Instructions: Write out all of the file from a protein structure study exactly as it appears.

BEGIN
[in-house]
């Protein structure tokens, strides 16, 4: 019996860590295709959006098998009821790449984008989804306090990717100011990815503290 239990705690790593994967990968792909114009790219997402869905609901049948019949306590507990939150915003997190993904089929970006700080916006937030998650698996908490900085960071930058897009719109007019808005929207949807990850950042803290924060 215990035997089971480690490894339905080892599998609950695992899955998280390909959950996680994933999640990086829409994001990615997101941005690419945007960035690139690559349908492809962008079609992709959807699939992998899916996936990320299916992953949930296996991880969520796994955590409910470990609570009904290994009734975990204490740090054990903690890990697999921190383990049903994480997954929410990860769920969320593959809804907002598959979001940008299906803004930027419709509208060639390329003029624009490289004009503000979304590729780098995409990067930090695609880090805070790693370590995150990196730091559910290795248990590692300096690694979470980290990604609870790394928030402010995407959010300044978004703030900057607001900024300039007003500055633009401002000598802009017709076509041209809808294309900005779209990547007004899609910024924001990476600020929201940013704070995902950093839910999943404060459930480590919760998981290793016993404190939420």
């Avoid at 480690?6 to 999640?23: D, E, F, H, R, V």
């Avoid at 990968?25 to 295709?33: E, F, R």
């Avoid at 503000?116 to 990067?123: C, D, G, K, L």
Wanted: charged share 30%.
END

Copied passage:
[in-house]
């Protein structure tokens, strides 16, 4: 019996860590295709959006098998009821790449984008989804306090990717100011990815503290 239990705690790593994967990968792909114009790219997402869905609901049948019949306590507990939150915003997190993904089929970006700080916006937030998650698996908490900085960071930058897009719109007019808005929207949807990850950042803290924060 215990035997089971480690490894339905080892599998609950695992899955998280390909959950996680994933999640990086829409994001990615997101941005690419945007960035690139690559349908492809962008079609992709959807699939992998899916996936990320299916992953949930296996991880969520796994955590409910470990609570009904290994009734975990204490740090054990903690890990697999921190383990049903994480997954929410990860769920969320593959809804907002598959979001940008299906803004930027419709509208060639390329003029624009490289004009503000979304590729780098995409990067930090695609880090805070790693370590995150990196730091559910290795248990590692300096690694979470980290990604609870790394928030402010995407959010300044978004703030900057607001900024300039007003500055633009401002000598802009017709076509041209809808294309900005779209990547007004899609910024924001990476600020929201940013704070995902950093839910999943404060459930480590919760998981290793016993404190939420």
């Avoid at 480690?6 to 999640?23: D, E, F, H, R, V």
């Avoid at 990968?25 to 295709?33: E, F, R």
């Avoid at 503000?116 to 990067?123: C, D, G, K, L």
Wanted: charged share 30%.